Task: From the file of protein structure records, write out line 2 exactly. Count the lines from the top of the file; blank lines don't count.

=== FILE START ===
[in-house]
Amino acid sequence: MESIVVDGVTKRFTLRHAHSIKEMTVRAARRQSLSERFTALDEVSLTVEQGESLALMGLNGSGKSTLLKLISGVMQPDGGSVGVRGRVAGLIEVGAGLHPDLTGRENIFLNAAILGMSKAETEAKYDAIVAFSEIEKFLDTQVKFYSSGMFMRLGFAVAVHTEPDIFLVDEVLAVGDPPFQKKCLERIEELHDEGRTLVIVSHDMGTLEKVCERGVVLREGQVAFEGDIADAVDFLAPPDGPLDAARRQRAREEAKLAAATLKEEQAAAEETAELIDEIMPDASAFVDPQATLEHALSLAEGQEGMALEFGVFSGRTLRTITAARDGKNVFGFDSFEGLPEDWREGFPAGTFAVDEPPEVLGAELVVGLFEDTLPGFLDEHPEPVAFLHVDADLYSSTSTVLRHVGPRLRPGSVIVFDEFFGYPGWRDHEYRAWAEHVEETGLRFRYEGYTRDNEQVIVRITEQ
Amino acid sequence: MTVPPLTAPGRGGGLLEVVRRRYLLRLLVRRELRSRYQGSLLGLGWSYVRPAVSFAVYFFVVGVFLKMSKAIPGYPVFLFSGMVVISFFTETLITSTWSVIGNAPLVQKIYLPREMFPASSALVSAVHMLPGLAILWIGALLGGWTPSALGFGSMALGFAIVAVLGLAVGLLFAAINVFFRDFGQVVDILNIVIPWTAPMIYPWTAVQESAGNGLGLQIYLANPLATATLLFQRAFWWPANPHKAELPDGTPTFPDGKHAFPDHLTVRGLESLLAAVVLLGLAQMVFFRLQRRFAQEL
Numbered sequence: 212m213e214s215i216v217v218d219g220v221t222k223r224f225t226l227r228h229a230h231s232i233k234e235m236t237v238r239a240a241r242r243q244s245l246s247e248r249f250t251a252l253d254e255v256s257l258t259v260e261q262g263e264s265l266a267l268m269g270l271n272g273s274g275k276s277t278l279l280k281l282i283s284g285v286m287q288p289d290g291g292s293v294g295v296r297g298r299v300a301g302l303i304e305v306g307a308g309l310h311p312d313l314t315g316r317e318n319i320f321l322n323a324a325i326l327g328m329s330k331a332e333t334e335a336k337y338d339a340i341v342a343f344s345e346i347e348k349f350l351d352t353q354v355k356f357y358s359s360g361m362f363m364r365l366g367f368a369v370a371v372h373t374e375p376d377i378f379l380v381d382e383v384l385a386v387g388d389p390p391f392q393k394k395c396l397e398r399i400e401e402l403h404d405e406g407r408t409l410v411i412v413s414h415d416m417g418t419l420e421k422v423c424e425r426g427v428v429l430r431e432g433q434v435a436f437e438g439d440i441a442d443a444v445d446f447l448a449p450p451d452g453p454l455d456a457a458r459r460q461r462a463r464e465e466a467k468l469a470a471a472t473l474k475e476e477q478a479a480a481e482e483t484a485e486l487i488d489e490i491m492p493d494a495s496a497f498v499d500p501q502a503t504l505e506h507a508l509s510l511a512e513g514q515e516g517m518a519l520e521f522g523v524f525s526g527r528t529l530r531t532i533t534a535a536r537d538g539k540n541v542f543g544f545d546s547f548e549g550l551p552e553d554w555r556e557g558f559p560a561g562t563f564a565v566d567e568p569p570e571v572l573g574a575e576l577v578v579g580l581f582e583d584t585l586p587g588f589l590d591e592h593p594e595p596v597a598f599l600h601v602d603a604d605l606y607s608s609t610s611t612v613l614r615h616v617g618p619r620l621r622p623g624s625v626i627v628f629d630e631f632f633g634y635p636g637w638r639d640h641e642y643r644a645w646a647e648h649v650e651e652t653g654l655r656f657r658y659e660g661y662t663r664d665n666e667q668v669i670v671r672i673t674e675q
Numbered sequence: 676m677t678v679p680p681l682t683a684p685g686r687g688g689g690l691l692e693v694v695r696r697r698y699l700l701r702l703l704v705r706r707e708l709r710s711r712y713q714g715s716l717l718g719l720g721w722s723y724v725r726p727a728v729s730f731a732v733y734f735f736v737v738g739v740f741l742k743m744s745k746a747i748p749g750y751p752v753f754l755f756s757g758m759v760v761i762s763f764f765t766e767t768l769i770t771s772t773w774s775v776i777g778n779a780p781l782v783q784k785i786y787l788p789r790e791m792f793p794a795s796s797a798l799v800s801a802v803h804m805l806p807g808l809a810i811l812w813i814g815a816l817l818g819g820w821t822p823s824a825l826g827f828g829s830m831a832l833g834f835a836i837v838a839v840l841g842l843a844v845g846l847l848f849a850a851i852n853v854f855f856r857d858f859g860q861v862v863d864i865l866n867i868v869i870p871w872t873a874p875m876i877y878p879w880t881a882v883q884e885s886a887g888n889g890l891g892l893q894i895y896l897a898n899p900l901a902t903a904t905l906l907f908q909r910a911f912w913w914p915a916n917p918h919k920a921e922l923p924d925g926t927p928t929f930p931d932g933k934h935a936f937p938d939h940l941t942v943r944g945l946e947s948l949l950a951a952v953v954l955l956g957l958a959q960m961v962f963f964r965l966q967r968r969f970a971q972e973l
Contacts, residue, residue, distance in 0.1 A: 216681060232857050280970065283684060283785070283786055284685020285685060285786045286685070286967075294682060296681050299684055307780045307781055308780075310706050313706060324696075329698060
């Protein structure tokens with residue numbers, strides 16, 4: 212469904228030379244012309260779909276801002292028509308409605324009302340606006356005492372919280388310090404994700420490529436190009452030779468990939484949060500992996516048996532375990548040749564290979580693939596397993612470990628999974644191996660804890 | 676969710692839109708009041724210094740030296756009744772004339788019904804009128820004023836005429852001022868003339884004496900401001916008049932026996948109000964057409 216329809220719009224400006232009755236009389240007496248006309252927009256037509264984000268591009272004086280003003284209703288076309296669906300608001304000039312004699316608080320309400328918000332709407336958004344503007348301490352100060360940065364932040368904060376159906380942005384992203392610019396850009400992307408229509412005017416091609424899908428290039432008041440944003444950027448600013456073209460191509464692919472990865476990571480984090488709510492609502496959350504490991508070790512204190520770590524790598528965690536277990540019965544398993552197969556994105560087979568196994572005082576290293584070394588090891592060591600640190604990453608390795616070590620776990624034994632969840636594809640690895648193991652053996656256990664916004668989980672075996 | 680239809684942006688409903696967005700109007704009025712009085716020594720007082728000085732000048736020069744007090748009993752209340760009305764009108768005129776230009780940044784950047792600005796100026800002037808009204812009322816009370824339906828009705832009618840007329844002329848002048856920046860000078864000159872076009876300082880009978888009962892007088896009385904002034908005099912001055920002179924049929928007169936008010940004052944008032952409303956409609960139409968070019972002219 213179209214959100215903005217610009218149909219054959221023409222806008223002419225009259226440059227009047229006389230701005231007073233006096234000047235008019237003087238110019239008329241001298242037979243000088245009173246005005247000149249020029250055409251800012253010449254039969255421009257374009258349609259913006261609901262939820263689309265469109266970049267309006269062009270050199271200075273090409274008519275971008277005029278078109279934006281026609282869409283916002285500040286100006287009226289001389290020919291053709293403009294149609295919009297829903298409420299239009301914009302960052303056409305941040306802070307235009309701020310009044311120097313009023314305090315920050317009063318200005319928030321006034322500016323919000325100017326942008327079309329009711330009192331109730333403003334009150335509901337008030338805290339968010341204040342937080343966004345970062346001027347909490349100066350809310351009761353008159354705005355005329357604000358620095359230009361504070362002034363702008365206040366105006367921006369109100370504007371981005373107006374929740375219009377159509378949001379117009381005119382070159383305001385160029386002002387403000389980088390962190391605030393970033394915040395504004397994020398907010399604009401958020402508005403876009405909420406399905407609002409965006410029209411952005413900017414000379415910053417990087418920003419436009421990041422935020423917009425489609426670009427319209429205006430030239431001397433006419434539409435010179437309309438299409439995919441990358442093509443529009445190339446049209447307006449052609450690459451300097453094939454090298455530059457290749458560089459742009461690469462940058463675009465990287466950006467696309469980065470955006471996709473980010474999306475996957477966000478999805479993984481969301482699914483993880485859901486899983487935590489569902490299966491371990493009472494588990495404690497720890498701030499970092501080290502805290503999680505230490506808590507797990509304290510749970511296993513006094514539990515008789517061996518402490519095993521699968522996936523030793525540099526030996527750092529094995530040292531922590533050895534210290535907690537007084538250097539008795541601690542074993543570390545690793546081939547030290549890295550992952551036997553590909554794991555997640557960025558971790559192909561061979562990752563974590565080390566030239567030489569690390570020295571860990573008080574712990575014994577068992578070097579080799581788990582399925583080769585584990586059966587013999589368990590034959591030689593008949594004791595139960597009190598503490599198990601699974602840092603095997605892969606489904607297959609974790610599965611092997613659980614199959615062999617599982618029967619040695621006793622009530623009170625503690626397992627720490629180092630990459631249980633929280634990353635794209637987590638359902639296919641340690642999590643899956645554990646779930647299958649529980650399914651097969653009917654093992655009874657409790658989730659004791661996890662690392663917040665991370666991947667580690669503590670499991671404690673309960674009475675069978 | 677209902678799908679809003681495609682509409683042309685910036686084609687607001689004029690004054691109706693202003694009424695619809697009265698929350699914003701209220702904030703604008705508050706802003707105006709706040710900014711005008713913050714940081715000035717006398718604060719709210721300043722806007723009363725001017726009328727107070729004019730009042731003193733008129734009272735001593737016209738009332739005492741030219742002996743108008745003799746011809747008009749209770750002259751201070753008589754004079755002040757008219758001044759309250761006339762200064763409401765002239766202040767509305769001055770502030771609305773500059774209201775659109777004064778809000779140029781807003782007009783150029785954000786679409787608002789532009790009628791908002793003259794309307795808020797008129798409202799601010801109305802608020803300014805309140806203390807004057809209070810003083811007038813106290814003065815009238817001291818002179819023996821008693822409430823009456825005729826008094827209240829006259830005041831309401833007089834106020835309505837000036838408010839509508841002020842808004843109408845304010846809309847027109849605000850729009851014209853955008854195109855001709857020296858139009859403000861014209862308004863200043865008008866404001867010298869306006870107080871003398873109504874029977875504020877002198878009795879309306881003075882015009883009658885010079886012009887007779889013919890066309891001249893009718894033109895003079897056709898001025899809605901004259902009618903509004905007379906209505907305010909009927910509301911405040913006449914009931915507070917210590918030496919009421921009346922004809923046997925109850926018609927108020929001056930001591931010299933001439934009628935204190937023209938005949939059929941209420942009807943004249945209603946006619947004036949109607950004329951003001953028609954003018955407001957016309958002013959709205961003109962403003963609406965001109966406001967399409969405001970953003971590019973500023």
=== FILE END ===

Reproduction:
Amino acid sequence: MESIVVDGVTKRFTLRHAHSIKEMTVRAARRQSLSERFTALDEVSLTVEQGESLALMGLNGSGKSTLLKLISGVMQPDGGSVGVRGRVAGLIEVGAGLHPDLTGRENIFLNAAILGMSKAETEAKYDAIVAFSEIEKFLDTQVKFYSSGMFMRLGFAVAVHTEPDIFLVDEVLAVGDPPFQKKCLERIEELHDEGRTLVIVSHDMGTLEKVCERGVVLREGQVAFEGDIADAVDFLAPPDGPLDAARRQRAREEAKLAAATLKEEQAAAEETAELIDEIMPDASAFVDPQATLEHALSLAEGQEGMALEFGVFSGRTLRTITAARDGKNVFGFDSFEGLPEDWREGFPAGTFAVDEPPEVLGAELVVGLFEDTLPGFLDEHPEPVAFLHVDADLYSSTSTVLRHVGPRLRPGSVIVFDEFFGYPGWRDHEYRAWAEHVEETGLRFRYEGYTRDNEQVIVRITEQ